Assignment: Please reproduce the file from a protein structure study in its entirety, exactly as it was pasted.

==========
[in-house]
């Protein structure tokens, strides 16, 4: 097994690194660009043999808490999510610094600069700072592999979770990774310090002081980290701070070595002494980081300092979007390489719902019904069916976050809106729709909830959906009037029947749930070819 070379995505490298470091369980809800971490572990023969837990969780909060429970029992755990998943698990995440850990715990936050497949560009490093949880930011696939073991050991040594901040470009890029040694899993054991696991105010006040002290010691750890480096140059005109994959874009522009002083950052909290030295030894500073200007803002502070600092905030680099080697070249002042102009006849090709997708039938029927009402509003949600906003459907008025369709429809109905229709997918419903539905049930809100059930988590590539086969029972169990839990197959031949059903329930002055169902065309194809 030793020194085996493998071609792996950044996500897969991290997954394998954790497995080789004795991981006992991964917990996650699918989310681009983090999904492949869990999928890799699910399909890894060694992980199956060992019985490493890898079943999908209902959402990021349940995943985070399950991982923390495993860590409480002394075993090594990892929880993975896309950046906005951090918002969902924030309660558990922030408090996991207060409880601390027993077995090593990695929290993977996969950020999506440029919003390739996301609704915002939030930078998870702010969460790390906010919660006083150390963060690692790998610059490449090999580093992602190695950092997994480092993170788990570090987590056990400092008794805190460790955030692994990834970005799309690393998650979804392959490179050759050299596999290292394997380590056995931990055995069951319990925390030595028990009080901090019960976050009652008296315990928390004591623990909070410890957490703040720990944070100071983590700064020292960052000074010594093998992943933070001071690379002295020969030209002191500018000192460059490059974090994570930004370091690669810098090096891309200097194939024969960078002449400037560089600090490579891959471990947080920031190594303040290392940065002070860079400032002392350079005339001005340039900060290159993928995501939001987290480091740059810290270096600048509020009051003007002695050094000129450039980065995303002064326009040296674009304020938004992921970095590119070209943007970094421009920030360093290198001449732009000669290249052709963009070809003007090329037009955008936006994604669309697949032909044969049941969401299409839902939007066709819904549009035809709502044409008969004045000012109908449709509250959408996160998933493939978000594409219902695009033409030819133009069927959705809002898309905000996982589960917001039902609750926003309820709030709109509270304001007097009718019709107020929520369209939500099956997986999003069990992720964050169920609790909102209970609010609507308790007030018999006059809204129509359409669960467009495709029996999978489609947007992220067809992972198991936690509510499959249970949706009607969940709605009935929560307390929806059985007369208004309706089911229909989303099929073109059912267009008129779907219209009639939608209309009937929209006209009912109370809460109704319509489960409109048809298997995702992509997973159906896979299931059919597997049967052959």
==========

[in-house]
């Protein structure tokens, strides 16, 4: 097994690194660009043999808490999510610094600069700072592999979770990774310090002081980290701070070595002494980081300092979007390489719902019904069916976050809106729709909830959906009037029947749930070819 070379995505490298470091369980809800971490572990023969837990969780909060429970029992755990998943698990995440850990715990936050497949560009490093949880930011696939073991050991040594901040470009890029040694899993054991696991105010006040002290010691750890480096140059005109994959874009522009002083950052909290030295030894500073200007803002502070600092905030680099080697070249002042102009006849090709997708039938029927009402509003949600906003459907008025369709429809109905229709997918419903539905049930809100059930988590590539086969029972169990839990197959031949059903329930002055169902065309194809 030793020194085996493998071609792996950044996500897969991290997954394998954790497995080789004795991981006992991964917990996650699918989310681009983090999904492949869990999928890799699910399909890894060694992980199956060992019985490493890898079943999908209902959402990021349940995943985070399950991982923390495993860590409480002394075993090594990892929880993975896309950046906005951090918002969902924030309660558990922030408090996991207060409880601390027993077995090593990695929290993977996969950020999506440029919003390739996301609704915002939030930078998870702010969460790390906010919660006083150390963060690692790998610059490449090999580093992602190695950092997994480092993170788990570090987590056990400092008794805190460790955030692994990834970005799309690393998650979804392959490179050759050299596999290292394997380590056995931990055995069951319990925390030595028990009080901090019960976050009652008296315990928390004591623990909070410890957490703040720990944070100071983590700064020292960052000074010594093998992943933070001071690379002295020969030209002191500018000192460059490059974090994570930004370091690669810098090096891309200097194939024969960078002449400037560089600090490579891959471990947080920031190594303040290392940065002070860079400032002392350079005339001005340039900060290159993928995501939001987290480091740059810290270096600048509020009051003007002695050094000129450039980065995303002064326009040296674009304020938004992921970095590119070209943007970094421009920030360093290198001449732009000669290249052709963009070809003007090329037009955008936006994604669309697949032909044969049941969401299409839902939007066709819904549009035809709502044409008969004045000012109908449709509250959408996160998933493939978000594409219902695009033409030819133009069927959705809002898309905000996982589960917001039902609750926003309820709030709109509270304001007097009718019709107020929520369209939500099956997986999003069990992720964050169920609790909102209970609010609507308790007030018999006059809204129509359409669960467009495709029996999978489609947007992220067809992972198991936690509510499959249970949706009607969940709605009935929560307390929806059985007369208004309706089911229909989303099929073109059912267009008129779907219209009639939608209309009937929209006209009912109370809460109704319509489960409109048809298997995702992509997973159906896979299931059919597997049967052959």